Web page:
MENU

Celebrating Two Kansas City Titans

James B. Nutter (1928-2017) and Neal Patterson (1949-2017)

Two self-made business visionaries with strong connections to the University of Missouri-Kansas City died within days of each other.

James B. Nutter, founder of the nationwide mortgage company that bears his name, died July 7 at the age 89. Neal Patterson, CEO and co-founder of Cerner co-owner of Sporting Kansas City died July 9 at age 67.

“These two extraordinary men have helped shape Kansas City into the extraordinary place it has become,” said UMKC Chancellor Leo E. Morton. “Along with their families and so many others, we grieve their losses. We are so deeply grateful to both of these men for their legacies of generosity and forward thinking.”

James B. Nutter

In the 1950s and 1960s, Nutter refused to adhere to the discriminatory lending practices of the day. As a result, his company was one of the first to make home loans in black neighborhoods and to single women on a large scale.

Nutter followed up his business success with a long list of philanthropic causes including support of UMKC and revitalizing the urban neighborhoods that surround the Volker and Health Sciences campuses. Nutter’s efforts helped bring businesses like Costco and Home Depot to the urban core of Kansas City. Students at the UMKC Henry W. Bloch School of Management attend lectures in the James B. Nutter Family Classroom.

Nutter also supported the UMKC School of Medicine, which he called “one of Kansas City’s greatest and most unsung assets.”

“I have fought diabetes, and know it is a disease that threatens to become epidemic in our country,” said Nutter, who received an honorary doctorate from the school in 2014. “This gift is really a gift to our grandchildren and to people yet unborn, that it might help this great medical school find ways to prevent the onset of diabetes and to improve quality of life for generations to come.”

Neal Patterson

Patterson, who spent his early life working wheat fields on the Oklahoma-Kansas border, co-founded Cerner in 1979. The company was named Kansas City’s top small business in 1988. It has since grown to become the largest medical records company in the United States, with more than 24,000 employees worldwide and more than 12,000 working on multiple campuses in the Kansas City area.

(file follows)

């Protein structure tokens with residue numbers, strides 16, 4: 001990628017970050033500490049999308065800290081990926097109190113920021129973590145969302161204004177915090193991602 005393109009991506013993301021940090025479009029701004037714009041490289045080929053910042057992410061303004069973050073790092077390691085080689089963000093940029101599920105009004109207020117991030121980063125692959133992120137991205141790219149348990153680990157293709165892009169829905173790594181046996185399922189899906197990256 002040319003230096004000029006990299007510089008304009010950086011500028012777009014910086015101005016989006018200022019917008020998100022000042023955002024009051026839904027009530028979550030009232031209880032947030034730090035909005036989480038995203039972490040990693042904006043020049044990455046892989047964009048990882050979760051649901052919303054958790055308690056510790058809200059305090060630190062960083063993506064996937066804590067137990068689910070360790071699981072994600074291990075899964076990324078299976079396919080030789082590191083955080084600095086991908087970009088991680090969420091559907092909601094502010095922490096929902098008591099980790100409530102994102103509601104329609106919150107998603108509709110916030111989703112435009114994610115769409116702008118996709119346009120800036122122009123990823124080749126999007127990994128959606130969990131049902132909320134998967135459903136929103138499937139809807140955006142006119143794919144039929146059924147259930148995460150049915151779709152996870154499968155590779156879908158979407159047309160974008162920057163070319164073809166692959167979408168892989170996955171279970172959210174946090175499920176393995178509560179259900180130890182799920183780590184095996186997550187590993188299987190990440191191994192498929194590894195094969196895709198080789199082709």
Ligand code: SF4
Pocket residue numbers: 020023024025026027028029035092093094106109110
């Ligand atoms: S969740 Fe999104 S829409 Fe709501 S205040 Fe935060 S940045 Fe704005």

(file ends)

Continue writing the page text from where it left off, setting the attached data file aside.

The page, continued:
Cerner has provided financial support for the KC STEM Alliance, located on the UMKC campus. Both institutions are partners.

Mike Nill, chief operating officer at Cerner, is an inaugural and current member of the UMKC School of Computing and Engineering Executive Council, which provides guidance and insight to advance the school’s mission.

In 2015, UMKC and its clinical partner, Truman Medical Centers, began a collaboration to conduct data-driven research using Cerner Health Facts de-identified data. This collaboration provides research capabilities few others, regionally or nationally, can claim.

In 1994, the UMKC Henry W. Bloch School of Management named Patterson and Cerner co-founder Cliff Illig Regional Entrepreneurs of the Year.

Patterson was a major force in saving professional soccer in Kansas City and helped develop a public-private partnership to build a soccer-specific stadium in the Legends area. Sporting Kansas City has remained one of the top franchises in Major League Soccer.

UMKC, which has men’s and women’s soccer teams, has enjoyed a partnership with Sporting Kansas City since 2013, selected after careful consideration for its diverse and youth-driven audience, including connections with a regional youth soccer community.

“As a partner, we are most proud of the title night sponsorship we host every year. The entire evening from start to finish is UMKC focused, putting our brand in front of more than 20,000 fans,” said Anne Hartung Spenner, vice chancellor for strategic marketing and communications. “Sporting Kansas City is a treasure to our Kansas City region and has been very popular with our students.”

 

 

 

 


Tags: , , .
  • Recent UMKC News

    In Demand

    Megan Hottel worked hard to become a physician assistant Get … Read more

    Greitens’ veto of UMKC arts campus funding misses the big picture

    By Gerald J. Wyckoff Special to the Star Missouri Gov. … Read more

    On His New Record, Kansas City’s Bobby Watson Plays Tribute to Black Innovators

    For jazz saxophonist Bobby Watson, writing songs is easier than … Read more

    More